potlede.jpgThough we’ve never been in one ourselves, we gather that joining a union isn’t all it’s cracked up to be: you have to pay dues, hold signs outside of drug stores, and often run afoul of politicians and mainstream media when the going gets tough. But union membership can also be a strategic masterstroke, and a magic pill to salve bad news. This appears to be the case for “cannabis college” Oaksterdam University, where organized labor and the burgeoning marijuana industry are converging for – we believe – the very first time.

Last week it was revealed that Tax Cannabis 2010 – the ballot measure and brainchild of Oaksterdam founder Richard Lee – was polling at a dangerously marginal 50 percent. But that was without the pledged support of organized labor, which is now on Oaksterdam’s side after 100 employees at the cannabis-centered business – which includes a cannabis dispensary and a plant nursery as well cultivation classes – turned in their union cards and joined Local 5 of the United Food and Commercial Workers, school and union officials confirmed Wednesday.

What’s this mean for labor, and for the medical cannabis movement? It means at least in the eyes of union organizers, medical marijuana is legitimate and it’s not going away any time soon (and any cannabis business would, of course, grow exponentially should adult recreational use be approved). UFCW won a major coup by securing the first-of-its-kind arrangement with Oaksterdam, which now can boast of connections and political clout it couldn’t just last week.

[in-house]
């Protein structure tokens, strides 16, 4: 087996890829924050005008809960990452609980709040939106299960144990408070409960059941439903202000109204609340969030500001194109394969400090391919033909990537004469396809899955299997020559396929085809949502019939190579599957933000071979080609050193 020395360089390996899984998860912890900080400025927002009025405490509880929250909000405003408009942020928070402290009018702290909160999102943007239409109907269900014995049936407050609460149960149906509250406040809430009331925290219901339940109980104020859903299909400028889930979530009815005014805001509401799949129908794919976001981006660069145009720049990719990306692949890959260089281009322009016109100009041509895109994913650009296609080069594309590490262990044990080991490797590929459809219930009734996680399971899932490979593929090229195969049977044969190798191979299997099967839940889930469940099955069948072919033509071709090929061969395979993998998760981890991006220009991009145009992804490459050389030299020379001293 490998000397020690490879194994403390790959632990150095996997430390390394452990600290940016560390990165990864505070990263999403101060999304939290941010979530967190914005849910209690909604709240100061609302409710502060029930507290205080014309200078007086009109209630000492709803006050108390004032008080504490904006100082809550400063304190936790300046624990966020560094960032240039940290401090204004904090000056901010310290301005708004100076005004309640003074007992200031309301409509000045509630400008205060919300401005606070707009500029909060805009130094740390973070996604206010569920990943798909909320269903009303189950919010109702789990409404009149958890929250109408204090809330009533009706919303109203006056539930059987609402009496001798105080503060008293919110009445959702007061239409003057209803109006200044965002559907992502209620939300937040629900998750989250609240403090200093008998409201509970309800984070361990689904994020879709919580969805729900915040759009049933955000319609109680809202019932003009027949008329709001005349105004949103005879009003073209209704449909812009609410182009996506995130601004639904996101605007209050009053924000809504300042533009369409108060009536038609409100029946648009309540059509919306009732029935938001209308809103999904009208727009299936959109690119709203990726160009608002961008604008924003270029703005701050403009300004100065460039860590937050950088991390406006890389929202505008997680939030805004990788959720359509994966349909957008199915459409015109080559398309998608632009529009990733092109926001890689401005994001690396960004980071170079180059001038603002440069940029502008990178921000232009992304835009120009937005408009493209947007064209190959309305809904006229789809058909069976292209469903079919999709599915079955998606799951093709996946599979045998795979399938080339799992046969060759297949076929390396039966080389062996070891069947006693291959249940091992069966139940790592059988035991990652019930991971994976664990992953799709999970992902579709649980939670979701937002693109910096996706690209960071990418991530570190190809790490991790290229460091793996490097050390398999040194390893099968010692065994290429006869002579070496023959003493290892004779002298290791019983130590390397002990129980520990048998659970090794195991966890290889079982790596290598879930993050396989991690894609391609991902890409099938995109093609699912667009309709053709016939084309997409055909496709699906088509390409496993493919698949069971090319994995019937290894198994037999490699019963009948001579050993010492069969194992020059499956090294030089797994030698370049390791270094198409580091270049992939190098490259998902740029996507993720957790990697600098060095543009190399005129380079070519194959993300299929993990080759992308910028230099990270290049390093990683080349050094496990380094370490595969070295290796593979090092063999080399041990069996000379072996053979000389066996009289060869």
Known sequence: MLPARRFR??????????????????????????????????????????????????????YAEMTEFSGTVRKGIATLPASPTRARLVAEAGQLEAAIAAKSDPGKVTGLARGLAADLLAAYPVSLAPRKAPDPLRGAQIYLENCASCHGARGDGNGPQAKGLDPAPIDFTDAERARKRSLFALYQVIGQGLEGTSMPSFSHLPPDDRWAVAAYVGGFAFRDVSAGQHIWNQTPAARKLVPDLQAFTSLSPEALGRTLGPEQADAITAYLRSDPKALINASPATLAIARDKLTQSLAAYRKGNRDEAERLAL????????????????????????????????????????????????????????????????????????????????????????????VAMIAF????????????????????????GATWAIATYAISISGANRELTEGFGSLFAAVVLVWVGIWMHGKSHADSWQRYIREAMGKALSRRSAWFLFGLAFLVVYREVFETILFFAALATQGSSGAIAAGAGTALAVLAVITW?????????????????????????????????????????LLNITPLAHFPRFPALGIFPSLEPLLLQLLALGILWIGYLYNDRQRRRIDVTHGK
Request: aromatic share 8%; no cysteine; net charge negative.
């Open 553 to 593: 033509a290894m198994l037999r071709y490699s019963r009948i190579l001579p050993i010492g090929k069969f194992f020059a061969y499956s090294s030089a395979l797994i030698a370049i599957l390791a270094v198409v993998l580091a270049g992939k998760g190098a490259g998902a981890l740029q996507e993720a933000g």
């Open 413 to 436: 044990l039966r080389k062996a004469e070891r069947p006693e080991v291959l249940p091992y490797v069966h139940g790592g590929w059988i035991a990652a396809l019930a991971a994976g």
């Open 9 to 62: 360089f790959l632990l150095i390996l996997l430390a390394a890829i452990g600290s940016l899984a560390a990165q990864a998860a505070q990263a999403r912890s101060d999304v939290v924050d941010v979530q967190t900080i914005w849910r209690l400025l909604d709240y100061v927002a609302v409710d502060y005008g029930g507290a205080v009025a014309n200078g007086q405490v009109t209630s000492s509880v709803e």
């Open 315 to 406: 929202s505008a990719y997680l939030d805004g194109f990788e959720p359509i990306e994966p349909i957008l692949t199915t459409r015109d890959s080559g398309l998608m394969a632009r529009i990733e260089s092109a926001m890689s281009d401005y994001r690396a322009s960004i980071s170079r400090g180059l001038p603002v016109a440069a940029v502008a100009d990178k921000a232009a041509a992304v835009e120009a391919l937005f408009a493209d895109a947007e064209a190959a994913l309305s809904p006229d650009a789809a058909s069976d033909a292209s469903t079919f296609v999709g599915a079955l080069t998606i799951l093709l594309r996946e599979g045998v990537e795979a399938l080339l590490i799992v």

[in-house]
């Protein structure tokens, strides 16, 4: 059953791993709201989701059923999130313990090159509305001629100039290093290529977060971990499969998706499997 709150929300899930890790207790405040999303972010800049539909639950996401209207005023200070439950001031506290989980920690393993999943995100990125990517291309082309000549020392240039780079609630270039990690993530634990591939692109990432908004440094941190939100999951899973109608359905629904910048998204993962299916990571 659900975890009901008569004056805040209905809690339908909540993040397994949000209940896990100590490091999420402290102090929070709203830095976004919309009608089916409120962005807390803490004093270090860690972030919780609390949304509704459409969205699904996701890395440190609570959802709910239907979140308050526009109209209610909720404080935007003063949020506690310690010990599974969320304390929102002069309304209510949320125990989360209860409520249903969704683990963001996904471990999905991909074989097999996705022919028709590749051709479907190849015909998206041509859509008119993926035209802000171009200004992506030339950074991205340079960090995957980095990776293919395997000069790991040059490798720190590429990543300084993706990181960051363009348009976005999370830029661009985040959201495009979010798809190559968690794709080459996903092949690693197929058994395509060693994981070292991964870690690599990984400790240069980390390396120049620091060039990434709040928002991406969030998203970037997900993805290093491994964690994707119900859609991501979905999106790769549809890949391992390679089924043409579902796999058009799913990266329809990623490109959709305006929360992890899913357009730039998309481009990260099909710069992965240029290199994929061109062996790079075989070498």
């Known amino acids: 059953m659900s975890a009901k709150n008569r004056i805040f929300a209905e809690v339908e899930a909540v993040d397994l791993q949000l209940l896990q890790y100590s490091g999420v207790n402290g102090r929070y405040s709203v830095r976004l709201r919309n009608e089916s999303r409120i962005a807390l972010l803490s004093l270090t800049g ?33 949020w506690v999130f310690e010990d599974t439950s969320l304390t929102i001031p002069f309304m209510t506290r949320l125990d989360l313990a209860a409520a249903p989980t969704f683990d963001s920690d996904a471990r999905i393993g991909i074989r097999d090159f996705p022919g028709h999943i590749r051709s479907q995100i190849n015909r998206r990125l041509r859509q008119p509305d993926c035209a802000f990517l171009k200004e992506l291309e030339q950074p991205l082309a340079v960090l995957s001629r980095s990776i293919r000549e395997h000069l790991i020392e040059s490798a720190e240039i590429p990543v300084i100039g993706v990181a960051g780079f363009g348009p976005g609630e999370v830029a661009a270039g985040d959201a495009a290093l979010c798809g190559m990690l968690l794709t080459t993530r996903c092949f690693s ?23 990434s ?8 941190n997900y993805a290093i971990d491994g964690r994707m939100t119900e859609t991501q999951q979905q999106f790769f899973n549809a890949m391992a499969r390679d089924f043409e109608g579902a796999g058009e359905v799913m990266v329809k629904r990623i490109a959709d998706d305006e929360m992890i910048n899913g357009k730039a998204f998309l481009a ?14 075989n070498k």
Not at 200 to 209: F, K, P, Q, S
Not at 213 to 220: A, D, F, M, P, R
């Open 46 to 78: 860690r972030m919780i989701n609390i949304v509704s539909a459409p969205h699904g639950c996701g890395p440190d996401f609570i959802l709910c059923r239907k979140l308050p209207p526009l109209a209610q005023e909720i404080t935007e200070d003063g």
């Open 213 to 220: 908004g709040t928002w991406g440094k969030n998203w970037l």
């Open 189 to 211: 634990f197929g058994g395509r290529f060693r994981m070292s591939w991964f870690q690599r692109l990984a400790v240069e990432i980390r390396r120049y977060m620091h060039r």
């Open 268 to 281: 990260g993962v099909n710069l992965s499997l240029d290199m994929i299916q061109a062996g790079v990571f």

“It’s a very big deal,” said Mike Henneberry, communications director for Local 5’s Hayward office, the local shop for Oaksterdam, who said Oaksterdam’s newly-minted union members turned in their cards about three weeks ago, at a ceremony oversaw by Oakland City Council member Rebecca Kaplan.

“It’s the first organized medical cannabis operation – I believe – in the US or Canada, so it’s groundbreaking in that sense,” he said. Cannabis is also a growth industry, unlike automobile production or shipping, which means the union stands only to grow. “People [and other dispensaries] who wouldn’t even have thought about unionizing are now thinking about it.”

“And,” noted Henneberry, “we have a lot of political connections.”

That’s the real benefit, in particular for Tax Cannabis 2010, but also for would-be dispensary operators. Those operators can now organize prior to begging city councils or planning commissions for permits, bringing to the table a real stamp of legitimacy. And if Tax Cannabis 2010’s supporters – chief among whom is Lee, who has pumped close to $1.3 million of his own personal fortune into the ballot measure – can call in some favors in a close campaign?

“People who didn’t want to listen [to Tax Cannabis 2010] will now be forced to listen,” said Dale Sky Clare, Oaksterdam University’s executive chancellor. “People have confidence in unions.”

Whether this means that labor giants like SEIU will likewise support Tax Cannabis 2010 and campaign for its passage is as yet unclear. But it can’t hurt, and is surely a sign of things to come.

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